How to Detect Problems in a Faulty Circulator Pump

Galvanized pipes
  • 1-2 hours
  • Intermediate
  • 0-50
What You'll Need
Basic Hand Tools

A circulator pump is a device that is used to circulate water, or coolant, through the piping that leads to radiators, air conditioning units, baseboards, or other convection type items. They help to distribute the coolant, or the heated water, through the home in order to regulate the temperature. Detecting problems with a faulty circulator pump is not a difficult project, but does require some time and attention to the symptoms.

Step 1 - Inspect the Circulator Pump

Many times when we believe that there is a problem with the circulator pump it may be something else. Inspect the pump for any signs of obvious problems. This could be in the form of leaks or broken pipes.

Step 2 - Check Radiators and Tubing

One way to detect a problem with the circulator pump is to check the radiators and tubing coming from the pump itself. As the thermostat tells the pump to circulate the heated, or cooled air, check the tubes to see if they warm up or cool down. Touch the radiator tubes to check if they are getting hotter. If not, this may mean that the circulator pump is not working as it should.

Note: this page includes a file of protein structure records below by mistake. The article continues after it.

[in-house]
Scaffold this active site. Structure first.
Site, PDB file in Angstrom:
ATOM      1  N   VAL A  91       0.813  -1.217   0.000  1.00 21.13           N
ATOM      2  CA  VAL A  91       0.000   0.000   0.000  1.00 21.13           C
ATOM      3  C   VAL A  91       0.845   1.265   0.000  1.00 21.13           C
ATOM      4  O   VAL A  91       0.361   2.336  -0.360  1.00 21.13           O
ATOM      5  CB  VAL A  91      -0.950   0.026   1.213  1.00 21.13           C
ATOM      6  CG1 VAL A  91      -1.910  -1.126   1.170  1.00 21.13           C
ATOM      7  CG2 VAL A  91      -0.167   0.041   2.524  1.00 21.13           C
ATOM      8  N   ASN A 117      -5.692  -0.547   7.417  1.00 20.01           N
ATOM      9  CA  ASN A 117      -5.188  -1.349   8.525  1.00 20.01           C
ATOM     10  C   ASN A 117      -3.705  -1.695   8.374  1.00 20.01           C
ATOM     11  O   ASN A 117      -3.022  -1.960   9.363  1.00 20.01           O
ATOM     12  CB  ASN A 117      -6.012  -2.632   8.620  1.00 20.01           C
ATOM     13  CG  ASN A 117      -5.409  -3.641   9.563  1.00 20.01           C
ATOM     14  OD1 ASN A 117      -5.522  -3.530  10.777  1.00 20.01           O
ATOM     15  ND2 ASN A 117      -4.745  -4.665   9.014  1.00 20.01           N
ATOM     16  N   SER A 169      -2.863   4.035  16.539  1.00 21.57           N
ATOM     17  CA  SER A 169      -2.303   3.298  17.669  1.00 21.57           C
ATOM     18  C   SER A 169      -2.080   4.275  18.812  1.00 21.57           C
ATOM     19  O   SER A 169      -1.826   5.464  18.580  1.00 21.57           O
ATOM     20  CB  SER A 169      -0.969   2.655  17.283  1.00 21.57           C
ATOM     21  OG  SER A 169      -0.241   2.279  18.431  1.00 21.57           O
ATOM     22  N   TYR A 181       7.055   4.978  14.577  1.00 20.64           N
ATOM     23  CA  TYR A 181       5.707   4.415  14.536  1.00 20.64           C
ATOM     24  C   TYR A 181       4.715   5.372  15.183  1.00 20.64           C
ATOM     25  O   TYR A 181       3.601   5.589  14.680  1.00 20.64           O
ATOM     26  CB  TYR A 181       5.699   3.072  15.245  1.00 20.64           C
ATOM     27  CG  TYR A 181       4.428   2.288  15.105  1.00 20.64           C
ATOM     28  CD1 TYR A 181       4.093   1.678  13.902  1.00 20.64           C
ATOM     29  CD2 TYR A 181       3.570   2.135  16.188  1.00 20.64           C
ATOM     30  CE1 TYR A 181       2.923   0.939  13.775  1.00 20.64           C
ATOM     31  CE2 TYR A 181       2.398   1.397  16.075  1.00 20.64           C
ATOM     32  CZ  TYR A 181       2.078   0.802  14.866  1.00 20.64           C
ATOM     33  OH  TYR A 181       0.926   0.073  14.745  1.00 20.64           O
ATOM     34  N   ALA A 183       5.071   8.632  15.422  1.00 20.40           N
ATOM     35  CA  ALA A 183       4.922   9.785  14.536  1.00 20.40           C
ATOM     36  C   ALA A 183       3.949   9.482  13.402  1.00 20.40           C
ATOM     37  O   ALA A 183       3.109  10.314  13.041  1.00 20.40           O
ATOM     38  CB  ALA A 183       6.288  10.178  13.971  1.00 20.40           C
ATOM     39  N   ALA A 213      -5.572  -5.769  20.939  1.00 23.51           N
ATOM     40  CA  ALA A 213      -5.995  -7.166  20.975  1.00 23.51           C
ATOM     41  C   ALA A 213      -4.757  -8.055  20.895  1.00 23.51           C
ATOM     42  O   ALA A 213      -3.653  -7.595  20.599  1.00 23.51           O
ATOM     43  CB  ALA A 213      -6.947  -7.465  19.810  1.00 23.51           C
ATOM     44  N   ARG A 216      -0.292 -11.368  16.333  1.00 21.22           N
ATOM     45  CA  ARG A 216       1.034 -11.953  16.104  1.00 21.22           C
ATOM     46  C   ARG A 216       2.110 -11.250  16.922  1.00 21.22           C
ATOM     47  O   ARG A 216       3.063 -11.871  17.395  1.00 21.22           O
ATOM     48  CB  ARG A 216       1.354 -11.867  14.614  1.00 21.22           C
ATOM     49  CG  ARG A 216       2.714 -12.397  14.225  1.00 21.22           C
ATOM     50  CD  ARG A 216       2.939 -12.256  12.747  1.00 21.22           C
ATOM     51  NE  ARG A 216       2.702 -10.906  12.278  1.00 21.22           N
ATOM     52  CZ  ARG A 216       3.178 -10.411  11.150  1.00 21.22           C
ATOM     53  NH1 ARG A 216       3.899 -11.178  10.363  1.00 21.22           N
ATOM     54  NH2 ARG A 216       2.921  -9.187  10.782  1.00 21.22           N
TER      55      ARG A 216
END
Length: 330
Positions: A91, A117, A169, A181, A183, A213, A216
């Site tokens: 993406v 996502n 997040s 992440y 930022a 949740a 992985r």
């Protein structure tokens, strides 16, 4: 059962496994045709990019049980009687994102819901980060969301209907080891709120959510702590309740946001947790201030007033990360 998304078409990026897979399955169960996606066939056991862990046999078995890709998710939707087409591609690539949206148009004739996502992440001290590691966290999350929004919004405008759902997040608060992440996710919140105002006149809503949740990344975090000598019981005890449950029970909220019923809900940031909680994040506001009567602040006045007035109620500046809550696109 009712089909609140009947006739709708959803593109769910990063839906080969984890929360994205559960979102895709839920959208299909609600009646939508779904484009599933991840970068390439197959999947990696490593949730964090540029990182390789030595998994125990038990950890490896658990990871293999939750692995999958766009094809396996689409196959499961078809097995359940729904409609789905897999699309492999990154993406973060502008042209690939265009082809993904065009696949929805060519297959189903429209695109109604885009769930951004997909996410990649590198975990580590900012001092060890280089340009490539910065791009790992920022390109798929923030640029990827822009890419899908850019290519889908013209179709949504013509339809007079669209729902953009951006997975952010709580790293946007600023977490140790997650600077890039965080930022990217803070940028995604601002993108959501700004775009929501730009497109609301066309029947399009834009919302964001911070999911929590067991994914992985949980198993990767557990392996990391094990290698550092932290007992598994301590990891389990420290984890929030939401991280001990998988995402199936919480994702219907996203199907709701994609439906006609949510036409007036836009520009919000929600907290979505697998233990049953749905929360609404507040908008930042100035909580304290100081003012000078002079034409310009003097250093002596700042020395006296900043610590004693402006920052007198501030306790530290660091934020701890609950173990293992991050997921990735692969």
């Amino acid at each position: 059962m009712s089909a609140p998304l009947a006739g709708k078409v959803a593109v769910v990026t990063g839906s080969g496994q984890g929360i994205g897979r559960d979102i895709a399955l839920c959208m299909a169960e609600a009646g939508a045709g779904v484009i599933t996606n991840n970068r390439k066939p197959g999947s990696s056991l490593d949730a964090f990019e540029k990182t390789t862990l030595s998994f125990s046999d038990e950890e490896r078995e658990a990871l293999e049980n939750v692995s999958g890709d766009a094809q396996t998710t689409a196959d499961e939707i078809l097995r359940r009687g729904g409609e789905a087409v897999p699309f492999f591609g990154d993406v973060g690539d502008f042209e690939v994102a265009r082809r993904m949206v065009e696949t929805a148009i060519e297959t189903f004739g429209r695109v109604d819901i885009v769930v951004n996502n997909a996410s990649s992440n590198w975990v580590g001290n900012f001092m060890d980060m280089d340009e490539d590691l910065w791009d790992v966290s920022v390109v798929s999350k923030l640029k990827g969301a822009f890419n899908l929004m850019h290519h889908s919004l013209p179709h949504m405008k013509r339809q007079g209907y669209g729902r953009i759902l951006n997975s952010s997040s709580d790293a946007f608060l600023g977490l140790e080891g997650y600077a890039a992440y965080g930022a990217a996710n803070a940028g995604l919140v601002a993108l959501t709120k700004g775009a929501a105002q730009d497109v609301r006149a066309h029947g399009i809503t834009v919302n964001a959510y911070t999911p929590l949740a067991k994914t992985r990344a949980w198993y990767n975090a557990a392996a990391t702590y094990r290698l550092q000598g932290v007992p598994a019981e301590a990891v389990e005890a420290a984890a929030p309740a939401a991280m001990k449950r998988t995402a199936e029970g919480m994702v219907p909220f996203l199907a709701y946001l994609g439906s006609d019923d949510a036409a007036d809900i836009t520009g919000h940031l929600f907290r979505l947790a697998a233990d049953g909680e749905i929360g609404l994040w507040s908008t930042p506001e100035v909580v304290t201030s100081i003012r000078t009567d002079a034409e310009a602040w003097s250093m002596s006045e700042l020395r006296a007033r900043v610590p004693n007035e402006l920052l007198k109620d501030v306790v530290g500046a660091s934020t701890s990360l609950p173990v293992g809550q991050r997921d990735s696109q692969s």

Step 3 - Check for Air Bound System

boiler system

There are times when some areas of the home are getting hot, but other rooms are still cold. When this happens it is an indication that the pump is working, but that the lines are air bound. In order to fix this problem you will need to turn off the boiler and drain it. Then release the pressure in the lines in order to get rid of the air pockets. Once the boiler is reset, you should notice that the circulator pump is now directing heated water through all lines.

Step 4 - Fix Any Leaks

A circulator pump is susceptible to leaks at the mounting flanges. After several years of use, the mounting screws corrode enough where they loosen or break altogether. The fix is simple enough. You simply remove the old mounting hardware. Place in a new gasket, and secure the flange with new mounting hardware.

Step 5 - Check Motor and Circulation

A less common problem than leaks or air in the pipes is that of the pump not circulating the water but the motor is running. When this happens you will need to take off the pump to make sure that the wires are not corroded, or the inlet valves blocked.

Step 6 - Check For Problems Causing Noise

Sometimes the circulator pump makes a lot of noise. When this is the case, there are several things which can be wrong with it. Air could be in the lines, but a more common problem causing noise is that a bearing that is going bad within the pump itself. Another reason for the noise is that the pump has been mounted a little askew and is not aligned with the pipes. When there is a bank of multiple circulator pumps, the noise could come from the check valve in one of the different mounts. In order to locate the specific problem, the pump will need to be removed and inspected.